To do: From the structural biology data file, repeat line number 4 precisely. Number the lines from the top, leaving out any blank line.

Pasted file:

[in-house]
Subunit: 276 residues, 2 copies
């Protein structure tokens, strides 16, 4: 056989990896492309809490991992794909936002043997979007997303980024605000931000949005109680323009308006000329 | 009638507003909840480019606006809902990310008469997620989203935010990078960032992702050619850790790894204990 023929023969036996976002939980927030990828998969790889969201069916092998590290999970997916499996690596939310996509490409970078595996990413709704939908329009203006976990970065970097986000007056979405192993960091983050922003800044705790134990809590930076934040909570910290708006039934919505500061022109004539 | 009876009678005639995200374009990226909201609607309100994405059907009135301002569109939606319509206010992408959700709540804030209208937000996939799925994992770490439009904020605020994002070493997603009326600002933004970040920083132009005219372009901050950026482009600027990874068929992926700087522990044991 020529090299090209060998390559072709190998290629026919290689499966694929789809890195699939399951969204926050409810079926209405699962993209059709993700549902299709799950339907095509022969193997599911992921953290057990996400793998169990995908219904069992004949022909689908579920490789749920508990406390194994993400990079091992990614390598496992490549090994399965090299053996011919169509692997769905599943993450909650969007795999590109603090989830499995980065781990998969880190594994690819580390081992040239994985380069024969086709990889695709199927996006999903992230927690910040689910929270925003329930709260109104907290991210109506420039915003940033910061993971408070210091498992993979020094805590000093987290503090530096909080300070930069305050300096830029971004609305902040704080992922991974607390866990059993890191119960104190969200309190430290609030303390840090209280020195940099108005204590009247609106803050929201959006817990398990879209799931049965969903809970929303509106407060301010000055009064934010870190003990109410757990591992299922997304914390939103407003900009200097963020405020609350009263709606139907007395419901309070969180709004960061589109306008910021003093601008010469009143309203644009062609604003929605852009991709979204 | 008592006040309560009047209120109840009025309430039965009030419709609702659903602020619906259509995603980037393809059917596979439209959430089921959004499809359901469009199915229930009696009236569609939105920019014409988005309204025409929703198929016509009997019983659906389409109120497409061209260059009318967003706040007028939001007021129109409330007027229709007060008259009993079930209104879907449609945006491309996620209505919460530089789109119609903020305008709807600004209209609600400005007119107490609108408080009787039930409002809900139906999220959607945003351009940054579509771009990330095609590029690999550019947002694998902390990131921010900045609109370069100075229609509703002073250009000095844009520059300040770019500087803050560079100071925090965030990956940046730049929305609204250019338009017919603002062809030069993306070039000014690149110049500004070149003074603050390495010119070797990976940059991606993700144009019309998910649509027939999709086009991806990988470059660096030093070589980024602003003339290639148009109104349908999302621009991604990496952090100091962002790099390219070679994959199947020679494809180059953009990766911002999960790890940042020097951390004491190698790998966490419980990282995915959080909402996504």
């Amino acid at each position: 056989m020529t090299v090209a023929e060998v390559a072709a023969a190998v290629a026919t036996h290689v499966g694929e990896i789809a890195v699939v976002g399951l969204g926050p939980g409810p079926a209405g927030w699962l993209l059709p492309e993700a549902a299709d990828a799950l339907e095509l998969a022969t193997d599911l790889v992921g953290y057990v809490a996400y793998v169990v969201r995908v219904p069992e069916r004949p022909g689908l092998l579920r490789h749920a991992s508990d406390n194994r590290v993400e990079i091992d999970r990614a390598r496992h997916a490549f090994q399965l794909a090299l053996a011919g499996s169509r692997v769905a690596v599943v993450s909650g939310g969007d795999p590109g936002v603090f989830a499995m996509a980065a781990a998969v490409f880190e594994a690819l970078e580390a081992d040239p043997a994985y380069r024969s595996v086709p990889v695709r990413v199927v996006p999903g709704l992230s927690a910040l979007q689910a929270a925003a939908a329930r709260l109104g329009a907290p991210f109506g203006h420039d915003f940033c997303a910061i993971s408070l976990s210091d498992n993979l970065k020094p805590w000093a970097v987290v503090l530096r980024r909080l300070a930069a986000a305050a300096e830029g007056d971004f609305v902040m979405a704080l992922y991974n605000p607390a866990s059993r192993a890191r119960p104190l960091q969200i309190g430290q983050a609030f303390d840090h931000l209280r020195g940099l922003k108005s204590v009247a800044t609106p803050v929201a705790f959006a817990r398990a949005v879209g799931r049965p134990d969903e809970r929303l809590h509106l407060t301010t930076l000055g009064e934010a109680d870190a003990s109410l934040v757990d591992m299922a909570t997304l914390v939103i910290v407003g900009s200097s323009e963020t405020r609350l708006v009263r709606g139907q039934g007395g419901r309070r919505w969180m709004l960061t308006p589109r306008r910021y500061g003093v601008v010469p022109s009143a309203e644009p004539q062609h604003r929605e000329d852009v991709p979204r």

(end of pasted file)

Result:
């Amino acid at each position: 056989m020529t090299v090209a023929e060998v390559a072709a023969a190998v290629a026919t036996h290689v499966g694929e990896i789809a890195v699939v976002g399951l969204g926050p939980g409810p079926a209405g927030w699962l993209l059709p492309e993700a549902a299709d990828a799950l339907e095509l998969a022969t193997d599911l790889v992921g953290y057990v809490a996400y793998v169990v969201r995908v219904p069992e069916r004949p022909g689908l092998l579920r490789h749920a991992s508990d406390n194994r590290v993400e990079i091992d999970r990614a390598r496992h997916a490549f090994q399965l794909a090299l053996a011919g499996s169509r692997v769905a690596v599943v993450s909650g939310g969007d795999p590109g936002v603090f989830a499995m996509a980065a781990a998969v490409f880190e594994a690819l970078e580390a081992d040239p043997a994985y380069r024969s595996v086709p990889v695709r990413v199927v996006p999903g709704l992230s927690a910040l979007q689910a929270a925003a939908a329930r709260l109104g329009a907290p991210f109506g203006h420039d915003f940033c997303a910061i993971s408070l976990s210091d498992n993979l970065k020094p805590w000093a970097v987290v503090l530096r980024r909080l300070a930069a986000a305050a300096e830029g007056d971004f609305v902040m979405a704080l992922y991974n605000p607390a866990s059993r192993a890191r119960p104190l960091q969200i309190g430290q983050a609030f303390d840090h931000l209280r020195g940099l922003k108005s204590v009247a800044t609106p803050v929201a705790f959006a817990r398990a949005v879209g799931r049965p134990d969903e809970r929303l809590h509106l407060t301010t930076l000055g009064e934010a109680d870190a003990s109410l934040v757990d591992m299922a909570t997304l914390v939103i910290v407003g900009s200097s323009e963020t405020r609350l708006v009263r709606g139907q039934g007395g419901r309070r919505w969180m709004l960061t308006p589109r306008r910021y500061g003093v601008v010469p022109s009143a309203e644009p004539q062609h604003r929605e000329d852009v991709p979204r």